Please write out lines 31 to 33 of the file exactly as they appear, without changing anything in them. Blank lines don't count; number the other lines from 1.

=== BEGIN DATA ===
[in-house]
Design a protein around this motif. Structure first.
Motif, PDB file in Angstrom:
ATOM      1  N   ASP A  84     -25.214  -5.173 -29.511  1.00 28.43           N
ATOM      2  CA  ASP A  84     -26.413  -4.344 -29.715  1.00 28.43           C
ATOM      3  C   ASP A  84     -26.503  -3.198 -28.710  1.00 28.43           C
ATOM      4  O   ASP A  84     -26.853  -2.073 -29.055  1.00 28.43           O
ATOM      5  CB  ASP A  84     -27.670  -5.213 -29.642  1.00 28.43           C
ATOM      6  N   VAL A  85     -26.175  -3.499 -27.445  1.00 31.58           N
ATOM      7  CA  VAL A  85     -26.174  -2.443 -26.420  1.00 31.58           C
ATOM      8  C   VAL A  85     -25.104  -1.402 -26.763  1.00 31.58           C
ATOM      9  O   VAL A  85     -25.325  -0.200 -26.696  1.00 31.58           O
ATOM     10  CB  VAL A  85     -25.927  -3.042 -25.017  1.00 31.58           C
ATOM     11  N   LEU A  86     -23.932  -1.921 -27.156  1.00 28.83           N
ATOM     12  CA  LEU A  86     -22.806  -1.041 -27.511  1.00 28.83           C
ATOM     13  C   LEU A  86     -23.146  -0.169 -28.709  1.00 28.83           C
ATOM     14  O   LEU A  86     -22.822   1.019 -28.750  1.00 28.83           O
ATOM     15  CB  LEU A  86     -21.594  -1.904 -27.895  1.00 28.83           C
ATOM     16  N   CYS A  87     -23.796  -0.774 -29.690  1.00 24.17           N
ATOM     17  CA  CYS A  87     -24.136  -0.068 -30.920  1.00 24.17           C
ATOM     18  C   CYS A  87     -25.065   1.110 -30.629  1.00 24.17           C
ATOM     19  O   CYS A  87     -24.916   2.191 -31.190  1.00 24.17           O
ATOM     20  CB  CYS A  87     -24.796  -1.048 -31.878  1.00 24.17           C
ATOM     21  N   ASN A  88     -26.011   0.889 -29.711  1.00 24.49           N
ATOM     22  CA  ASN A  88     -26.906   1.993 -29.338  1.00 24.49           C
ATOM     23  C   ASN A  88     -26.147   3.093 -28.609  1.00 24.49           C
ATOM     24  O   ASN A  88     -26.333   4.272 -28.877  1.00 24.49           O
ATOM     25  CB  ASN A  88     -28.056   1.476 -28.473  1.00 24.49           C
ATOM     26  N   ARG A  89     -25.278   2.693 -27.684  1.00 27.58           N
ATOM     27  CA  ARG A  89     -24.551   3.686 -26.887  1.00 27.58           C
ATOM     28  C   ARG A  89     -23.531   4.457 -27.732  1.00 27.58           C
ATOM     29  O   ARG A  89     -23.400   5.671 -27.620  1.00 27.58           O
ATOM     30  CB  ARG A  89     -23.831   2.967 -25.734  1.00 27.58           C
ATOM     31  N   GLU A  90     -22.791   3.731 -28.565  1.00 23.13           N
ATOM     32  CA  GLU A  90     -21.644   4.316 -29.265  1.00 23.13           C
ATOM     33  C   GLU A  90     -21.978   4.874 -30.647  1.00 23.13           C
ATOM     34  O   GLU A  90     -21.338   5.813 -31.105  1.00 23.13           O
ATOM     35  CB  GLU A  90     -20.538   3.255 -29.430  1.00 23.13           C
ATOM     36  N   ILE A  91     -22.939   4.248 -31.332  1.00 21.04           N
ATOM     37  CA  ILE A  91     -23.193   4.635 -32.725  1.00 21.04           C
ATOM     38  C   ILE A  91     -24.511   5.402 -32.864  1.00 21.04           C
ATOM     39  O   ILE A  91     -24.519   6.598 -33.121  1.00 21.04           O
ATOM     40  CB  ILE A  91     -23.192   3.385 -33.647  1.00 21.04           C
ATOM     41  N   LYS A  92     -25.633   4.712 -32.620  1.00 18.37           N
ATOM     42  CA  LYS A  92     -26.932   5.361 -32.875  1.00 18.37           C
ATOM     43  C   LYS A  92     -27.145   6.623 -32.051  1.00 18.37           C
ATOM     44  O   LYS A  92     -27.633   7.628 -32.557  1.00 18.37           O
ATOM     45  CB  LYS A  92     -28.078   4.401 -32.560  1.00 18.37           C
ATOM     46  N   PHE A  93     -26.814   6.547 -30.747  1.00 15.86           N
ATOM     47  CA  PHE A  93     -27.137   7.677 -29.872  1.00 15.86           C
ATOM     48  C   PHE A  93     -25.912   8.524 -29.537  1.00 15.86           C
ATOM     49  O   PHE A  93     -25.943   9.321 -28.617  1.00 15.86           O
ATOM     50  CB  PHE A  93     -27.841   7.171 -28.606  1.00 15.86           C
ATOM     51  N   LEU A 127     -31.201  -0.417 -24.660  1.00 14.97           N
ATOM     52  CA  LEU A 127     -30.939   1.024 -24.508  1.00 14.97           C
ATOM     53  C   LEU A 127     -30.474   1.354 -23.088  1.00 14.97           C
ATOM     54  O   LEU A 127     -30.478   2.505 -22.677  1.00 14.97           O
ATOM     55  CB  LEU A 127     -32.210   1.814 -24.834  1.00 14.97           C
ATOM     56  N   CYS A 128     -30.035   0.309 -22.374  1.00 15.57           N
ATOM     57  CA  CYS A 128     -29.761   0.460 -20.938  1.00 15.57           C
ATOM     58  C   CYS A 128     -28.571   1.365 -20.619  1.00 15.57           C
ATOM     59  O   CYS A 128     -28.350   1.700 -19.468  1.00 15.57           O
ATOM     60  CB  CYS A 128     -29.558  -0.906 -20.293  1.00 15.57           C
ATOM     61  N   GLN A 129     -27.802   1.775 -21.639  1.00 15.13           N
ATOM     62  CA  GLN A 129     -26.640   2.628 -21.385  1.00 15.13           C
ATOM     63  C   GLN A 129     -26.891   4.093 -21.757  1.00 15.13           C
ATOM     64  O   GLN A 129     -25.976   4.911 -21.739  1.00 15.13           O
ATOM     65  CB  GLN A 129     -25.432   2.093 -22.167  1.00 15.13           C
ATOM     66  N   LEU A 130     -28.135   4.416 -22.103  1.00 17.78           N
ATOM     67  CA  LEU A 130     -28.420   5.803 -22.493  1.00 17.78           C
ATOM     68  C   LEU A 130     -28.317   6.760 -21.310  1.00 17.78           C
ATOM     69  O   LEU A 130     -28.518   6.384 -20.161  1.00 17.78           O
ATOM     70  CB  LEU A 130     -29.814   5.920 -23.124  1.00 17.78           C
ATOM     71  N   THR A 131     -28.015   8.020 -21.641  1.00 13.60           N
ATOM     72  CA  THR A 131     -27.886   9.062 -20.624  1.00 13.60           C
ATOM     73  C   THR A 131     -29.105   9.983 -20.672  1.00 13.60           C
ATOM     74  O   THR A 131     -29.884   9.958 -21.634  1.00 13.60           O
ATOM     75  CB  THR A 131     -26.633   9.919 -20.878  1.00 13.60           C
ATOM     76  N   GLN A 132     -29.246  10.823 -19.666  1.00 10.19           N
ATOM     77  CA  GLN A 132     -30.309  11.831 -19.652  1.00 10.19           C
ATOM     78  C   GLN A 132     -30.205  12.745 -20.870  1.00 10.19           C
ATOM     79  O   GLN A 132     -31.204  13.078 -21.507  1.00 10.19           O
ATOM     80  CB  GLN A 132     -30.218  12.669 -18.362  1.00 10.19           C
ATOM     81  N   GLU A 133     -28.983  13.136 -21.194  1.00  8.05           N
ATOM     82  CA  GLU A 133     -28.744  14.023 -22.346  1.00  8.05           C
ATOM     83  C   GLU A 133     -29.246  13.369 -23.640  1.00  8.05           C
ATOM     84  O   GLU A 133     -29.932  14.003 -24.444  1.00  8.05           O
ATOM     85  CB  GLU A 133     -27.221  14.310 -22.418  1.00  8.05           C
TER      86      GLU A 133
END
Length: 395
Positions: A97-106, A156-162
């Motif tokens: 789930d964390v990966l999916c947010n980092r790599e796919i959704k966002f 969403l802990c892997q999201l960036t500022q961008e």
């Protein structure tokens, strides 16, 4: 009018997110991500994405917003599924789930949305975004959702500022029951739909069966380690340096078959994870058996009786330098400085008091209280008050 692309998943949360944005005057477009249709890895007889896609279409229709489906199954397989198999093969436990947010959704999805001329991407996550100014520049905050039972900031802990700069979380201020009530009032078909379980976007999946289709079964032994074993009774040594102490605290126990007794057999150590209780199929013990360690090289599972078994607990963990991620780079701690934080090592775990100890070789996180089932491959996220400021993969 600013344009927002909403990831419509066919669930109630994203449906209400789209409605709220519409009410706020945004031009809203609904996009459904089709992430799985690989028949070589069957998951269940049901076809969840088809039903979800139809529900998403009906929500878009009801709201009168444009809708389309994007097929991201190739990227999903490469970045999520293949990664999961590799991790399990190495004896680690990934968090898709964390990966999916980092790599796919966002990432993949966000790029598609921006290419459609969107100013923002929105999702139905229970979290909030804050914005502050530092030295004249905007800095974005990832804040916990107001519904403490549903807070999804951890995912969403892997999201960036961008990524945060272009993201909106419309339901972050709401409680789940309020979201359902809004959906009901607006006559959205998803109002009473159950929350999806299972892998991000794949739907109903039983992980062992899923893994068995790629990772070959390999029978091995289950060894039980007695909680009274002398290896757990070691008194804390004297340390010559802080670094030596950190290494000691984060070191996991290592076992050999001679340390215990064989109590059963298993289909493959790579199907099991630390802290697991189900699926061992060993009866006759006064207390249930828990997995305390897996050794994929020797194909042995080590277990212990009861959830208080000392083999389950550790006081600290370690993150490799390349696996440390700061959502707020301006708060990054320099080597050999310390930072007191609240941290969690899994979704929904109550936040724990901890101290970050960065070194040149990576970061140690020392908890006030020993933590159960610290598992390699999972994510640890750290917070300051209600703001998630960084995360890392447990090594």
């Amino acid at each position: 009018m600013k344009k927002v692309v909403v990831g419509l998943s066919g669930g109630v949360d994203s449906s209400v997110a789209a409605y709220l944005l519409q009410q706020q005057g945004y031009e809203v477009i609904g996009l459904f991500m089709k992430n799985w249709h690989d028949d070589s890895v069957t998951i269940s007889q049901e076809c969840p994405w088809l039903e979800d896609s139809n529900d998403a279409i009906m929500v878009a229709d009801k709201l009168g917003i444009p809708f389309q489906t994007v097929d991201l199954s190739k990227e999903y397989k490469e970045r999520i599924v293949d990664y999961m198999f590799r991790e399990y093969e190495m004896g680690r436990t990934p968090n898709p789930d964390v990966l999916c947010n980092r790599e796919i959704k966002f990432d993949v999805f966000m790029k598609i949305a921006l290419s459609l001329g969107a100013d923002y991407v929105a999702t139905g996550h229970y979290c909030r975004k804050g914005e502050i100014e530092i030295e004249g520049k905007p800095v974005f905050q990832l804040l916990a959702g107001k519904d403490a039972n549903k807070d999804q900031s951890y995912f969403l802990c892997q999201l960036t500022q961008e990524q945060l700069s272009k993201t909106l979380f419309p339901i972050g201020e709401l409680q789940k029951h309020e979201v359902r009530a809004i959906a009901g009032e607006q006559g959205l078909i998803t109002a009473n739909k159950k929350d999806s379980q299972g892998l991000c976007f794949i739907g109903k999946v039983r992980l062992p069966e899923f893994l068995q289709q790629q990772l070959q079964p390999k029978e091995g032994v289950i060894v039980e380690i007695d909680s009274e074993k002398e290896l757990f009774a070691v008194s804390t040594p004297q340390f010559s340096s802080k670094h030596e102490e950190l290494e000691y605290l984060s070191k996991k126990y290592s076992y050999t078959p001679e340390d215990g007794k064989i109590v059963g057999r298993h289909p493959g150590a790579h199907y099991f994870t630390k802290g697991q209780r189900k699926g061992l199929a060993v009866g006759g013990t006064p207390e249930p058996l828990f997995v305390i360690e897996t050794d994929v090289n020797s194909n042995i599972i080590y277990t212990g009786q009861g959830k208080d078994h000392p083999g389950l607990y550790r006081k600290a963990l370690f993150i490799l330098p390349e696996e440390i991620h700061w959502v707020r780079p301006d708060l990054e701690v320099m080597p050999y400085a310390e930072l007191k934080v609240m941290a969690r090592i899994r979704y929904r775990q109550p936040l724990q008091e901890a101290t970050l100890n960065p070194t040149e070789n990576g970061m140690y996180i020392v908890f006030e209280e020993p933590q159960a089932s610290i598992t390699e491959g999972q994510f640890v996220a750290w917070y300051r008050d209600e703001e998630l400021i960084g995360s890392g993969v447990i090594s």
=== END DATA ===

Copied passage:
ATOM     28  C   ARG A  89     -23.531   4.457 -27.732  1.00 27.58           C
ATOM     29  O   ARG A  89     -23.400   5.671 -27.620  1.00 27.58           O
ATOM     30  CB  ARG A  89     -23.831   2.967 -25.734  1.00 27.58           C